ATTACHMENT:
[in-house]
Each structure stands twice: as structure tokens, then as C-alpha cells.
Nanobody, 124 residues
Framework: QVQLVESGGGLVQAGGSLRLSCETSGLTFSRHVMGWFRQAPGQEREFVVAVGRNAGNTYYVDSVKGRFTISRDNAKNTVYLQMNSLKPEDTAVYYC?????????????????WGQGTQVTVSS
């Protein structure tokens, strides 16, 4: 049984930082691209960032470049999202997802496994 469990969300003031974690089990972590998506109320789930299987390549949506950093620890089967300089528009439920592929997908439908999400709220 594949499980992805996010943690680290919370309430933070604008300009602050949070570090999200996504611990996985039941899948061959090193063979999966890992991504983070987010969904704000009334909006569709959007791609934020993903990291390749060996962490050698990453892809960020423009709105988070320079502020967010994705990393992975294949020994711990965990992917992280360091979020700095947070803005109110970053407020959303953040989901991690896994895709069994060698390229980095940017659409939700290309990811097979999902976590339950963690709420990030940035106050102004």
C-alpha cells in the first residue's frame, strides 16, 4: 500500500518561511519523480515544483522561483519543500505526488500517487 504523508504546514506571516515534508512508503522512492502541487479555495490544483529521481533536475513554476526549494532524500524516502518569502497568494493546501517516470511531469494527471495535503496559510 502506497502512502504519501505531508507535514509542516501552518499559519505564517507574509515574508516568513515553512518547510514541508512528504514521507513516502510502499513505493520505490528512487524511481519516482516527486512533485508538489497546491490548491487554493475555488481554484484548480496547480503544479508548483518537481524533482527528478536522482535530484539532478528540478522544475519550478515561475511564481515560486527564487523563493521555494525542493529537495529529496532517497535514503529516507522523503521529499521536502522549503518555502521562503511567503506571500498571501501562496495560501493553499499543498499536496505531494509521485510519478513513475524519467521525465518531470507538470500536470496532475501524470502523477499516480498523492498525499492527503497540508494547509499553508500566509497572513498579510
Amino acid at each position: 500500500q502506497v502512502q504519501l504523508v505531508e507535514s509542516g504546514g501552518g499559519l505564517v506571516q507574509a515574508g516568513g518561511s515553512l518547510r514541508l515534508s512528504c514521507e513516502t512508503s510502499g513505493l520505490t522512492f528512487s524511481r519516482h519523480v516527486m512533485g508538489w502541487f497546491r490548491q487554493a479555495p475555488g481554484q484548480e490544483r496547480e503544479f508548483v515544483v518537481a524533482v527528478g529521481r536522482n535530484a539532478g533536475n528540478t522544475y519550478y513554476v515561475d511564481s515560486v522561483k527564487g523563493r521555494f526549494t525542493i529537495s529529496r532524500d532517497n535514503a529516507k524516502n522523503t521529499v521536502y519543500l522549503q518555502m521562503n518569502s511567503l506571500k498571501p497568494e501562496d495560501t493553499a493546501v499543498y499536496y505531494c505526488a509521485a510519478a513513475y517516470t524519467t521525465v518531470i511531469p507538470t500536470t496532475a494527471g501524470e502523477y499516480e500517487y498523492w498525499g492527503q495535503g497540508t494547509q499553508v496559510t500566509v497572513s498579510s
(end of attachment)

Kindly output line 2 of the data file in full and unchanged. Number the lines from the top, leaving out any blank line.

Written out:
Each structure stands twice: as structure tokens, then as C-alpha cells.